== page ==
PSD2. A piece of legislation that has changed, or, rather, is about to change, the financial industry. Even though the new legislation came into effect on January 1st, the Regulatory Technical Standards (RTS) have not. As a result, many don’t expect API access to bank data for third parties to be in actual effect before 2019.
“A lot of stakeholders have been holding their breath in anticipation of PSD2’s arrival. The delayed onset of RTS, however, has created a confusing situation for the financial ecosystem. Fintechs that had anticipated a new reality are struggling financially, and financial institutions are left with two choices: innovate in-house ahead of implementation or open up now. At Spar Nord we have chosen the latter,” says Ole Madsen, Senior Vice President of Communication and Business Development at Spar Nord.
To partner up or not to partner up, that is the question
For fintechs the deadlock could spell trouble, according to Madsen: “The fact that the RTS have not come into affect yet will force many startups to revise their business plan. Making no money for 18 months—or longer—before you become financially viable is very difficult.”
Choosing partnership over disruption seems to be the best way for fintechs to survive financially while they wait for the anticipated changes to happen. But the establishment has not been overly welcoming to the incumbents.
“For a time there was a discussion about whether disruption and innovative companies would steal the business of legacy banks. Nothing of the sort has happened so far. Banks might be slow to adjust to changes and come up with innovation, but they have a lot of customers—something that startups cannot say about themselves,” points out Madsen.
He thinks that fintechs that cannot bootstrap their way to RTS implementation, should consider the partnership route to reach a sound amount of users.
“Even though fintechs usually create relevant solutions, there is no guarantee that customers will want to pay for them. They need to reach a critical mass to make ends meet. They may reach 50,000 customers on their own, but that number could increase tenfold if they decide to engage in a partnership with a bank,” argues Madsen.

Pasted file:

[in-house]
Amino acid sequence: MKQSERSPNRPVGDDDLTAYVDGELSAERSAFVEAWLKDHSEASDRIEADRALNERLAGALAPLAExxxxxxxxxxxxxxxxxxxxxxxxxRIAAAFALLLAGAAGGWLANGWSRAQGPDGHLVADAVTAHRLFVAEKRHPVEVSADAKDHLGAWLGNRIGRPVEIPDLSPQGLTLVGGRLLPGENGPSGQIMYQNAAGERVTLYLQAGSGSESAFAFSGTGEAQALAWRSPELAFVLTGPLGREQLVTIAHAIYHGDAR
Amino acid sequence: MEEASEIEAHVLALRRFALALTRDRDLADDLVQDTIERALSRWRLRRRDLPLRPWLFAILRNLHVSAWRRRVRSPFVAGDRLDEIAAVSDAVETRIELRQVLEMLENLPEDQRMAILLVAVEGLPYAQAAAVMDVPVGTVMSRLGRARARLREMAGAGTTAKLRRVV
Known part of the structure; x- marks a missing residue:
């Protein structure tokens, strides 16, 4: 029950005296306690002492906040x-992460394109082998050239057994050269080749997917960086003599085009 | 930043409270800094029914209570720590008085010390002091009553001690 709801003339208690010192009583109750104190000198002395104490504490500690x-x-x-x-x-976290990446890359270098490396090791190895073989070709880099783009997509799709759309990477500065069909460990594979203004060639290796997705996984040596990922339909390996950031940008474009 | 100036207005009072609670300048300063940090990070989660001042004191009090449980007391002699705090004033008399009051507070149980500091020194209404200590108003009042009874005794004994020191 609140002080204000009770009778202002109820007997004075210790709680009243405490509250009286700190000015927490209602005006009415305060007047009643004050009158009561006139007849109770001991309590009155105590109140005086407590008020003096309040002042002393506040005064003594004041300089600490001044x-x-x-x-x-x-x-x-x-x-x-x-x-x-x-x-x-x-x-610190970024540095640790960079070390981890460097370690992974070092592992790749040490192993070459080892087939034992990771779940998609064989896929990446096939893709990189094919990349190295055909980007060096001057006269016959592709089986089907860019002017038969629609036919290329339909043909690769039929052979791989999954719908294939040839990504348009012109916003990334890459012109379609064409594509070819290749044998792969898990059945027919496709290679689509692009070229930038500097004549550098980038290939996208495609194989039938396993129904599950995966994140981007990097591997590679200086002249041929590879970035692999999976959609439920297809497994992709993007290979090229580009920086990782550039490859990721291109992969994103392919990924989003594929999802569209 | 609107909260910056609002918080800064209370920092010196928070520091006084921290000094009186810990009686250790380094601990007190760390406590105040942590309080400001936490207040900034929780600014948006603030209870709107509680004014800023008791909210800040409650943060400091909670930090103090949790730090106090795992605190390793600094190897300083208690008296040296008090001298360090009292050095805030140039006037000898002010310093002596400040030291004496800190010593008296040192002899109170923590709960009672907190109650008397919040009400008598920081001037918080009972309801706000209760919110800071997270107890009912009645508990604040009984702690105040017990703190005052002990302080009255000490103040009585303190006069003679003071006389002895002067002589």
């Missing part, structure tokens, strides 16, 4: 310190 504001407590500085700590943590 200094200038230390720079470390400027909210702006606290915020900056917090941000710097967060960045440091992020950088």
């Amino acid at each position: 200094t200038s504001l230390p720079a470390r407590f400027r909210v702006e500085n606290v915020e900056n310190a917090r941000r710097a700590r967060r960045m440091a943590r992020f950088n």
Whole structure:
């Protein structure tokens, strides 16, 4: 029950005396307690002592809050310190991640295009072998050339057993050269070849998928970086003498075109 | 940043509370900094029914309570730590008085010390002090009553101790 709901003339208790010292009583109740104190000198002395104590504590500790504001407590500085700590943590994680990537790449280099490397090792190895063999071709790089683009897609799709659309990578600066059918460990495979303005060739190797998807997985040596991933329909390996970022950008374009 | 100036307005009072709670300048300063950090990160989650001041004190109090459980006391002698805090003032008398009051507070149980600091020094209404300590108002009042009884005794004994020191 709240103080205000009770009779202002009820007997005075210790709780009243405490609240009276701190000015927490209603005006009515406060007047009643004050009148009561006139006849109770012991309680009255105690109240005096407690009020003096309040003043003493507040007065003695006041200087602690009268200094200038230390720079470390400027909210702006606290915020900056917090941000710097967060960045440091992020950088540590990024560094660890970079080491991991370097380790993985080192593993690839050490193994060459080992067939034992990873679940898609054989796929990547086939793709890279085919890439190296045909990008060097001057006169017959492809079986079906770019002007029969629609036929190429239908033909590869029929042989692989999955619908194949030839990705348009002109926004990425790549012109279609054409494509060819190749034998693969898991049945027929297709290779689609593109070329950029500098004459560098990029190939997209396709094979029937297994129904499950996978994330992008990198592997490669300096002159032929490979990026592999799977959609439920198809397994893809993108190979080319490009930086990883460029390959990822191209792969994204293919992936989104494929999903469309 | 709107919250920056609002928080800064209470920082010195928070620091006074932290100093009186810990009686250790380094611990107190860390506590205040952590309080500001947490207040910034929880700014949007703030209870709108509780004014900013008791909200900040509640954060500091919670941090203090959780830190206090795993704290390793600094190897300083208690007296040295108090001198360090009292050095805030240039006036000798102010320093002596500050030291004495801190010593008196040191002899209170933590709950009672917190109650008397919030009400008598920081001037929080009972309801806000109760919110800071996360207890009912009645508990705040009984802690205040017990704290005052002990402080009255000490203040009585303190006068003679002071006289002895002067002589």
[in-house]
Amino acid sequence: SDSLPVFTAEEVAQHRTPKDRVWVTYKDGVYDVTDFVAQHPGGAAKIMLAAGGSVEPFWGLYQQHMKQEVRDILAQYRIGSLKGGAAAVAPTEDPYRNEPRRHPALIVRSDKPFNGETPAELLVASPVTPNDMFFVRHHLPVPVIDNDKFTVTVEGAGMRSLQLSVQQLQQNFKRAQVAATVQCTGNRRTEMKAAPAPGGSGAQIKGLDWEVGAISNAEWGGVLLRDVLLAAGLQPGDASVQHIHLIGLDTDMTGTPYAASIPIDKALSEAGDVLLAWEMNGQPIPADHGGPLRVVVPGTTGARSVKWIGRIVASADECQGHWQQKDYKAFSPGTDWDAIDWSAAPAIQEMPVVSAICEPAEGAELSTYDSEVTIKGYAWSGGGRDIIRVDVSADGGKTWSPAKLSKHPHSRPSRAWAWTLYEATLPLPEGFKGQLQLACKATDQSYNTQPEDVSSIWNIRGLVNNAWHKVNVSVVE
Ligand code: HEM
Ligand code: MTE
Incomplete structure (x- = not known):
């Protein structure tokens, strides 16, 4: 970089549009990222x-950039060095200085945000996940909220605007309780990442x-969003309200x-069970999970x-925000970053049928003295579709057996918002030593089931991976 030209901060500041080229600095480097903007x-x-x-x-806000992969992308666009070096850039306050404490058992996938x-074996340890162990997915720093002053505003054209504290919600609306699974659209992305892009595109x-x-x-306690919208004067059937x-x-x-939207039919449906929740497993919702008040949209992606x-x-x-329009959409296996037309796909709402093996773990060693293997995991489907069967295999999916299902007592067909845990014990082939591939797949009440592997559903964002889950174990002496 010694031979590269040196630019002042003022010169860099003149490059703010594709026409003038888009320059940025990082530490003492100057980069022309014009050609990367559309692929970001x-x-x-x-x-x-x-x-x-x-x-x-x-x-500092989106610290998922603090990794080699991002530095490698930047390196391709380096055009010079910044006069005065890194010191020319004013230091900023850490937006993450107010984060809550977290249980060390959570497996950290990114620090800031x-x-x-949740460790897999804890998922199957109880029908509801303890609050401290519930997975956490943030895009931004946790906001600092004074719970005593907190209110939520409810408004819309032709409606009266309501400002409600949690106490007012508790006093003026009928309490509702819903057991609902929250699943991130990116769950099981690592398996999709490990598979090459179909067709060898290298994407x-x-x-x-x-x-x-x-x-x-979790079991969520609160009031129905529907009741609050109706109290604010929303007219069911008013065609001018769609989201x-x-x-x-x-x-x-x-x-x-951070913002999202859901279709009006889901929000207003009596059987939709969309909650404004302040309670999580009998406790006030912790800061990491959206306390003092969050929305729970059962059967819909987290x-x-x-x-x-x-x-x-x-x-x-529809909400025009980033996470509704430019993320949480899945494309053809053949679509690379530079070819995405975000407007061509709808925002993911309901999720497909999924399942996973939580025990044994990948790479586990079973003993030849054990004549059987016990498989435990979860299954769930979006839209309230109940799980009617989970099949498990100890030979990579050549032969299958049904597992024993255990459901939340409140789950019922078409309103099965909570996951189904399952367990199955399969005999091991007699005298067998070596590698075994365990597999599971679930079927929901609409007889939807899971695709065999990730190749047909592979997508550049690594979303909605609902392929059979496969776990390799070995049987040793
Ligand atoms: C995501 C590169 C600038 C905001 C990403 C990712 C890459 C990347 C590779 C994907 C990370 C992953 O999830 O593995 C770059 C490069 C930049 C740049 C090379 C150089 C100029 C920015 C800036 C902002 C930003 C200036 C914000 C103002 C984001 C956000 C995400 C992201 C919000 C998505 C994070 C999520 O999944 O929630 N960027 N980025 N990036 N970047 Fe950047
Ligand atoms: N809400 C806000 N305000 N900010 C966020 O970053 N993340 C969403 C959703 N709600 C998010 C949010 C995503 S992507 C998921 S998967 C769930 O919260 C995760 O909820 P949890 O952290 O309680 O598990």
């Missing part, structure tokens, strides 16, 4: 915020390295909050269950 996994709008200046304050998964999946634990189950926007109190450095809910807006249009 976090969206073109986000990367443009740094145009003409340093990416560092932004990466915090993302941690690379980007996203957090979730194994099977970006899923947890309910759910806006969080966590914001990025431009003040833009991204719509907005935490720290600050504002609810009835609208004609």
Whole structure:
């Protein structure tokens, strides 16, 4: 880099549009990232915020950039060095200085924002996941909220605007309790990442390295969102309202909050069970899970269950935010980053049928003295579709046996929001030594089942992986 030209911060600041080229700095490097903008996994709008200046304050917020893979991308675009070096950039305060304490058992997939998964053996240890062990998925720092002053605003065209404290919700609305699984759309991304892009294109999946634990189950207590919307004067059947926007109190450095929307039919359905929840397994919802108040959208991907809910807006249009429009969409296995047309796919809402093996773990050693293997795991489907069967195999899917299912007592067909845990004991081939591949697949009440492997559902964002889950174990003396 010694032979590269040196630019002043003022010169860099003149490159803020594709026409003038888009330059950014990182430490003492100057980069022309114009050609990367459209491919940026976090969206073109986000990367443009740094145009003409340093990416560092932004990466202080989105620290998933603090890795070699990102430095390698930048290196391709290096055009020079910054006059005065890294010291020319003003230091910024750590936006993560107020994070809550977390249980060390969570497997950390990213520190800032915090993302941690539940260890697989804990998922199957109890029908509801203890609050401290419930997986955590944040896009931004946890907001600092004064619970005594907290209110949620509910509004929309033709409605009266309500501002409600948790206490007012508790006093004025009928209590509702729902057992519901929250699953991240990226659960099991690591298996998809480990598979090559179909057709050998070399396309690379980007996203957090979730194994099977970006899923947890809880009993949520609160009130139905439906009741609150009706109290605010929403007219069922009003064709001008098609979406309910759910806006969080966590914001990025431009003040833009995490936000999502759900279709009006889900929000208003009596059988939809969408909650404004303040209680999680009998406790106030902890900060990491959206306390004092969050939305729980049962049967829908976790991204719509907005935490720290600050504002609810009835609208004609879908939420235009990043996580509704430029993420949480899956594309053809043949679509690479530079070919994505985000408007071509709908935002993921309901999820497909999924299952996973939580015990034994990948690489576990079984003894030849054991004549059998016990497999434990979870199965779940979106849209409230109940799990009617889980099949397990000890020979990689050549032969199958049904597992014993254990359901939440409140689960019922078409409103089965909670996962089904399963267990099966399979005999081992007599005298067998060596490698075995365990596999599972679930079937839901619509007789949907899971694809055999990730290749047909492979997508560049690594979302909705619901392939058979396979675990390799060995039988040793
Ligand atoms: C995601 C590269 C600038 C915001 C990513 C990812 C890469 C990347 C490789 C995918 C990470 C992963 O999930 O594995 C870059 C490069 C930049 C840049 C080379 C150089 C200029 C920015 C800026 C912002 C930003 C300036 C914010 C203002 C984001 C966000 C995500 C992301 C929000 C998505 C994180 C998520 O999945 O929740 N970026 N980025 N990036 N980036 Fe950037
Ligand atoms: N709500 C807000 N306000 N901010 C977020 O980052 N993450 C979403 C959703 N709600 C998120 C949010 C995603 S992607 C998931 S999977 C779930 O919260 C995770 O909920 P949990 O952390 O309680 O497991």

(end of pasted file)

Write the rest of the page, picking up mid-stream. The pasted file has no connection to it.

A banker’s choice between the devil and the deep blue sea
The delay has left financial institutions with two, equally undesirable choices: They could either conduct business as usual until the RTS are in place, or give early access to third parties. Spar Nord has taken the second route.
“Basically, we have chosen a model that rests on the basis of open innovation: we will open up our platform for external actors and allow them to build services using our core data. The choice was made after we considered our resources. We realised we will never have the manpower to compete with larger financial institutions, but with this approach we can tap into great innovational powers,” explains Madsen.
Being small is not bad per se, however, and Spar Nord has found a way to take advantage of its size and special organisational characteristics.
“By default, larger financial institutions have a more rigid structure and it takes them longer to get themselves up and running with an open banking mindset. Because of our small size and flat structure, we have the ability to execute more swiftly,” says the vice president.
Spar Nord did not hesitate to turn the above principles into action and already has three fintech partnerships under its belt: Subhub, an app that allows customers to easily manage subscriptions, Ernit, an IoT piggy bank that connects childhood savings to a savings account, and Debito, a no-cure-no-pay solution for collecting unpaid invoices.